11 Observations from an Alaskan Cruise
Final in a series
1.A fantastic day in Ketchikan is defined as one when it doesn’t rain. Annual rainfall there is about 160 inches, and the record is more than 200. I had a fantastic day with real sunshine, not the liquid sunshine the locals euphemistically talk about.
2. Having four cruise ships in port at Skagway at the same time floods the tiny town of only 9,000 residents.
3.It’s easy to escape Skagway’s human tidal wave. Go to the Klondike Gold Rush National Historical Park’s visitor center and ask for a Dewey Lake Trail System map. You can be on a trail in less than 10 minutes – and you’ll encounter very few cruise ship buffet patrons on your hike.
4.The definition of “Smart Casual Apparel” apparently is subject to a huge array of interpretations when it comes to cruise ship dining rooms.
5. Some people do not understand what “No Baseball Caps” means.
6.It really is fun to read the nametags and nationalities of the crew. There are more than 60 nationalities on the ship I chose, the Norwegian Jewel, and I identified almost 20 – despite my nearsightedness.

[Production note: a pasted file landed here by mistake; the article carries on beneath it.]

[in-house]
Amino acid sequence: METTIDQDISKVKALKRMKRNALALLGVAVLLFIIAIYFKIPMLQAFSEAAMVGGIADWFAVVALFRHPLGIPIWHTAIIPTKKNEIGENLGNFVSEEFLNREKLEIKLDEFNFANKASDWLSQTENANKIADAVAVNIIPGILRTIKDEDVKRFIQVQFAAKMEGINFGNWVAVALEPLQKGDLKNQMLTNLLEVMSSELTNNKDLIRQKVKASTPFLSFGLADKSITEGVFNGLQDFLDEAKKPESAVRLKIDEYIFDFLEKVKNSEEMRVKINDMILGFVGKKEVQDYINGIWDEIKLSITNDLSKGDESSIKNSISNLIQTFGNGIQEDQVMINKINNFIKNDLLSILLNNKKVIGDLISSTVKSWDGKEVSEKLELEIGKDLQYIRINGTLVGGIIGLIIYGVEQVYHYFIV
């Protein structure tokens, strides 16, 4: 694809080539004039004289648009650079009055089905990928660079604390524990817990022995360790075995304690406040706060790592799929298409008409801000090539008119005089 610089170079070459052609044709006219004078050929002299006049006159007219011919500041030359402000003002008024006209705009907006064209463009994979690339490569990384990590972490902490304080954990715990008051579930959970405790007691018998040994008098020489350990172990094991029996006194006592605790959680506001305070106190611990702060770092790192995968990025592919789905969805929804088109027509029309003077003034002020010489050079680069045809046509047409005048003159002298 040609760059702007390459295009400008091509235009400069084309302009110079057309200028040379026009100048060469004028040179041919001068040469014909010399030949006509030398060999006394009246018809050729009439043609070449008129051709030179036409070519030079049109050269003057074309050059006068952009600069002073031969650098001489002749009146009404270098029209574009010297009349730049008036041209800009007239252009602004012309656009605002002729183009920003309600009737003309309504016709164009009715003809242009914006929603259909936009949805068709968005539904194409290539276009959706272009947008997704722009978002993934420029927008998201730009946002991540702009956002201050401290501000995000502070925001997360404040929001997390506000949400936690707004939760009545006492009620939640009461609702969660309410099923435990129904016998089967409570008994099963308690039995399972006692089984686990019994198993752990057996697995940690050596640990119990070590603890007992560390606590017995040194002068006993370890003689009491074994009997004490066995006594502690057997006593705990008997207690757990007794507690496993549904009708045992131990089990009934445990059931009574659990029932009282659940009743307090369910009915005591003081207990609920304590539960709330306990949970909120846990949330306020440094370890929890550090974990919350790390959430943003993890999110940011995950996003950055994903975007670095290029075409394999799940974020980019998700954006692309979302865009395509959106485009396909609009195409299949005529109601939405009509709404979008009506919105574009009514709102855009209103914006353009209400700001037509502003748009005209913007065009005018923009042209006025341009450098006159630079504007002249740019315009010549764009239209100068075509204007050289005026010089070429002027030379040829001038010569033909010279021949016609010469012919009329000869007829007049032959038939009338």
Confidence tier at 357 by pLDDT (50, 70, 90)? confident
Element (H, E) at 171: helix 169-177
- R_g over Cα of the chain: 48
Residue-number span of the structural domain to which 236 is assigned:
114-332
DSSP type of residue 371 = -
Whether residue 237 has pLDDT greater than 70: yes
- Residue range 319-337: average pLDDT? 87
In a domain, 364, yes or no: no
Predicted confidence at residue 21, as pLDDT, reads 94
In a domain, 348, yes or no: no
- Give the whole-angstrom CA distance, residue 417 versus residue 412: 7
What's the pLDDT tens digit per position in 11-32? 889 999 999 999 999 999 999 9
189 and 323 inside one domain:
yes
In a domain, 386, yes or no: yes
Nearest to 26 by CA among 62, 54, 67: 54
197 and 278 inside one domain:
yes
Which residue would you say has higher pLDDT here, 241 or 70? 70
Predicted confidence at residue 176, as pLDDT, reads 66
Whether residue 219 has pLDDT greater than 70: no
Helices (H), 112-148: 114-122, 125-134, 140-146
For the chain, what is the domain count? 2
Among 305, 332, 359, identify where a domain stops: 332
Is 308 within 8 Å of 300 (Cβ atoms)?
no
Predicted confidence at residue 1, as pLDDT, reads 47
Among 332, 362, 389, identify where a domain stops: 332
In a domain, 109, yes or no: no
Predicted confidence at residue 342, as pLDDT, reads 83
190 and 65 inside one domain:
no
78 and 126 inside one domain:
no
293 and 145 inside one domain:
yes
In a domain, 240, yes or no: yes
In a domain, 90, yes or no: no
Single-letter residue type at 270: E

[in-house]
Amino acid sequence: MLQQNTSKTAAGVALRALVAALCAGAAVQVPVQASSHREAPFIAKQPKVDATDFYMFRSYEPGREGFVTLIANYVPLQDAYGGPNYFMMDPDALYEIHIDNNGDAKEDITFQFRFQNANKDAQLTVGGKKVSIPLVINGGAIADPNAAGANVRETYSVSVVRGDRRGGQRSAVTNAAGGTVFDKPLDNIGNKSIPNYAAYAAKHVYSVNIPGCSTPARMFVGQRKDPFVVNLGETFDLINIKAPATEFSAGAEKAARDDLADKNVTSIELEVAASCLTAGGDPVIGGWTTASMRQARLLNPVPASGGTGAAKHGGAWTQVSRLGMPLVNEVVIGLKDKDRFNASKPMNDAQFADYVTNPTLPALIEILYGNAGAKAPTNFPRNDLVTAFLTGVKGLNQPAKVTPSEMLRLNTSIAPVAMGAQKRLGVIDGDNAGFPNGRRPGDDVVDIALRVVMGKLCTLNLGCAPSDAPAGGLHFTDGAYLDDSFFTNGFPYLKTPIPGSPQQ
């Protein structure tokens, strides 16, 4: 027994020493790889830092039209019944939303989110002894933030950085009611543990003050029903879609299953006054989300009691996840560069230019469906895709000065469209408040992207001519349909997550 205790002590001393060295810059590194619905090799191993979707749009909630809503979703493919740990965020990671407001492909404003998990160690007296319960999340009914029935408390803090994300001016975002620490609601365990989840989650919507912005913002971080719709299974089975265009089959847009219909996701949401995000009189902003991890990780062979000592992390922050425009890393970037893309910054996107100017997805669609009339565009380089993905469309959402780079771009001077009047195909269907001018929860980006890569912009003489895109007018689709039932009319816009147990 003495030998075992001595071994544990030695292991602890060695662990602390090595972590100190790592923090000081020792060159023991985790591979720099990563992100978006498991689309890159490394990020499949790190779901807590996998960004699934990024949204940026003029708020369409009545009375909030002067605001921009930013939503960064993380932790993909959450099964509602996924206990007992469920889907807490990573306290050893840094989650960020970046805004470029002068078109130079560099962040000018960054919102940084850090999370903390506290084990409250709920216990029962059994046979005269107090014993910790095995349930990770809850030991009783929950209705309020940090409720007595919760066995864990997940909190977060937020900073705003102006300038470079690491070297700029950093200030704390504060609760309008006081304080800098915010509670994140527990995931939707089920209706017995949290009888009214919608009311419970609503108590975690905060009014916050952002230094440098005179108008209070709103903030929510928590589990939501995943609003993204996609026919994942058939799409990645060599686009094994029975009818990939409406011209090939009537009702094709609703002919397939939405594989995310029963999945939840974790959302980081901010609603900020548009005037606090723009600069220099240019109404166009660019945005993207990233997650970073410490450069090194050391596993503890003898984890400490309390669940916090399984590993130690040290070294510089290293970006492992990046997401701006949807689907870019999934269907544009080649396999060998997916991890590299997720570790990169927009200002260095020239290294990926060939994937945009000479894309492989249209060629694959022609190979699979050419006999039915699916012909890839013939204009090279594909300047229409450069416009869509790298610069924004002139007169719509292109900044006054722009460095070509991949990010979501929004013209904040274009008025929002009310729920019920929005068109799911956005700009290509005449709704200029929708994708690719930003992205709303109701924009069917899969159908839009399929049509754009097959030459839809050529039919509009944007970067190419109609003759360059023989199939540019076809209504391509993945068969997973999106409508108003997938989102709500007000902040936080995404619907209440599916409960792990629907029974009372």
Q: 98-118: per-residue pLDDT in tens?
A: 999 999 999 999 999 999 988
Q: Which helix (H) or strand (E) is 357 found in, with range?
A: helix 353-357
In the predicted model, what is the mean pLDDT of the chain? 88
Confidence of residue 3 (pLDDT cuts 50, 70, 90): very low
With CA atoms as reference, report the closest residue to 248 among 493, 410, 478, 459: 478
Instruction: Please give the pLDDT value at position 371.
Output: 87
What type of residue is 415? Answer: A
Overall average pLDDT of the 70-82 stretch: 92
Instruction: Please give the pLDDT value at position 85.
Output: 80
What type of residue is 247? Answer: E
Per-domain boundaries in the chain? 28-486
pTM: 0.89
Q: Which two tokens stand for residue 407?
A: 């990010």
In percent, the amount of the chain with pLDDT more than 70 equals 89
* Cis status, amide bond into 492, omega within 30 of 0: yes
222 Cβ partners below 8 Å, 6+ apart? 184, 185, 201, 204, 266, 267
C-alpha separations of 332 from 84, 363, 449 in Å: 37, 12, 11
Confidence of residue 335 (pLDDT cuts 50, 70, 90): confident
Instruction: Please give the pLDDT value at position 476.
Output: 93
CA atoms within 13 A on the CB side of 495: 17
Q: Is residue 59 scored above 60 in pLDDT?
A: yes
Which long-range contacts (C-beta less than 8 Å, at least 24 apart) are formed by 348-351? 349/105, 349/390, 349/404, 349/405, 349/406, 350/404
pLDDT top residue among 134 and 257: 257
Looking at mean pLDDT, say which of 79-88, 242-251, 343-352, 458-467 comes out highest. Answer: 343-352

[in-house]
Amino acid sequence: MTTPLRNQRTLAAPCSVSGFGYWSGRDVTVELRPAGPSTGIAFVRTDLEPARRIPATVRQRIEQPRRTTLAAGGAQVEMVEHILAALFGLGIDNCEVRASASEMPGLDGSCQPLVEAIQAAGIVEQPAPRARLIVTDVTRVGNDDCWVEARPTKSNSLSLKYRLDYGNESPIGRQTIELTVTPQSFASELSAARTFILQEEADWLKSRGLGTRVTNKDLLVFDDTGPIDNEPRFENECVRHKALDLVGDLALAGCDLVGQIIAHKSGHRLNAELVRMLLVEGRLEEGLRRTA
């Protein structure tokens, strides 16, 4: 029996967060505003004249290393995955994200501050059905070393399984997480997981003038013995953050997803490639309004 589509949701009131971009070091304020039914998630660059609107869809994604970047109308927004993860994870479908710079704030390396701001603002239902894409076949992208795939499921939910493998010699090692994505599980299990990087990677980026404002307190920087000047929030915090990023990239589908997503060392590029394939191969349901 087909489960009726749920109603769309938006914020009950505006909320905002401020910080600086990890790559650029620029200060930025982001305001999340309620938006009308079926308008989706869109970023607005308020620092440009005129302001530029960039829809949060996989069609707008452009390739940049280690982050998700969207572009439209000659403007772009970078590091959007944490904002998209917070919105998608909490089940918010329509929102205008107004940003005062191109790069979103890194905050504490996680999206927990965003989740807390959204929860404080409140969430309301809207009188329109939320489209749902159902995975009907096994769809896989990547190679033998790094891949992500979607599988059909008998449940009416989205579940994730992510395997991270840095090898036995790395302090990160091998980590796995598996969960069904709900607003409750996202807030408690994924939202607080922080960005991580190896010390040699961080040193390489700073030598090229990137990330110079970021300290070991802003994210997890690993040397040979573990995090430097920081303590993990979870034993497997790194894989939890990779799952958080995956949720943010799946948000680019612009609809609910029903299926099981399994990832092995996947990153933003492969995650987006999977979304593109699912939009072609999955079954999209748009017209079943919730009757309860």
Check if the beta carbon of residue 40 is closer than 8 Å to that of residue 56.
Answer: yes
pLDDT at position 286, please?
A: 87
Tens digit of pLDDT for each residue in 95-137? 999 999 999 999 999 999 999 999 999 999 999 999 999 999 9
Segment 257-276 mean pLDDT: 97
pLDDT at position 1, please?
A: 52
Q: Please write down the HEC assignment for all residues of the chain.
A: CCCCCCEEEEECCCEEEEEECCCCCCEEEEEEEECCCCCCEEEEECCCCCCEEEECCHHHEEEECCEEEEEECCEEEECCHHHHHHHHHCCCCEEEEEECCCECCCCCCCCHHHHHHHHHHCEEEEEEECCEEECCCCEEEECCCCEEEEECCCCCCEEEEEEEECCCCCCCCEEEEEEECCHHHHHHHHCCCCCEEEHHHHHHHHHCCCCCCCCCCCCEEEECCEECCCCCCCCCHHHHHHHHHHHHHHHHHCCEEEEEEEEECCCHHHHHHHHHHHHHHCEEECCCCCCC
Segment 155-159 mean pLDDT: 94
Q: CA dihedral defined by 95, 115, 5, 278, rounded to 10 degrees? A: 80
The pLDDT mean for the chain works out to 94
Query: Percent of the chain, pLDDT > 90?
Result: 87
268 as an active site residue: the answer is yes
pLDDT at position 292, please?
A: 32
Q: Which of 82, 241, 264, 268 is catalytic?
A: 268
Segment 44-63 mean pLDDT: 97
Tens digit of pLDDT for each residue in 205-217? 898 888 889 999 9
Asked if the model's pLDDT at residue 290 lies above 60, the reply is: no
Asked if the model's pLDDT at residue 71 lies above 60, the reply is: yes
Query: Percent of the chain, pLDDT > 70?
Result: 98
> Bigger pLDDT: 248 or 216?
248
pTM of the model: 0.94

7. Paddling a sea kayak beside a docked cruise ship provides a special perspective on the ship’s size. I think the official nautical term is “ginormous.” The slang description is “PDB” (similar to “PDQ.”)
8.The Ketchikan shore excursion that requires the least exertion and perhaps the most laughs is the Great Alaskan Lumberjack Show. Its front door is barely 300 yards from the dock, and it lets you see someone throw an ax who’s not mad at anybody. (The show has a cousin in Pigeon Forge, Tenn., called the Great Smoky Mountain Lumberjack Feud if you can’t get to Ketchikan.)
9.Because no one wants to meet Mr. Norovirus, a cruise ship is perhaps the only place where people are absolutely delighted to wash their hands before eating. Crewmembers on my ship greeted each diner with a squirt from a spray bottle of hand sanitizer and the proclamation, “Happy, happy. Washy, washy.”
10.Parents who bring tiny children on cruises should remember that the children are cute up until the moment they scream bloody murder in a dining room.
11.Adolescents – and some adults – should understand that they don’t have to build Mt. Everest on a breakfast plate. They always can mount a second expedition.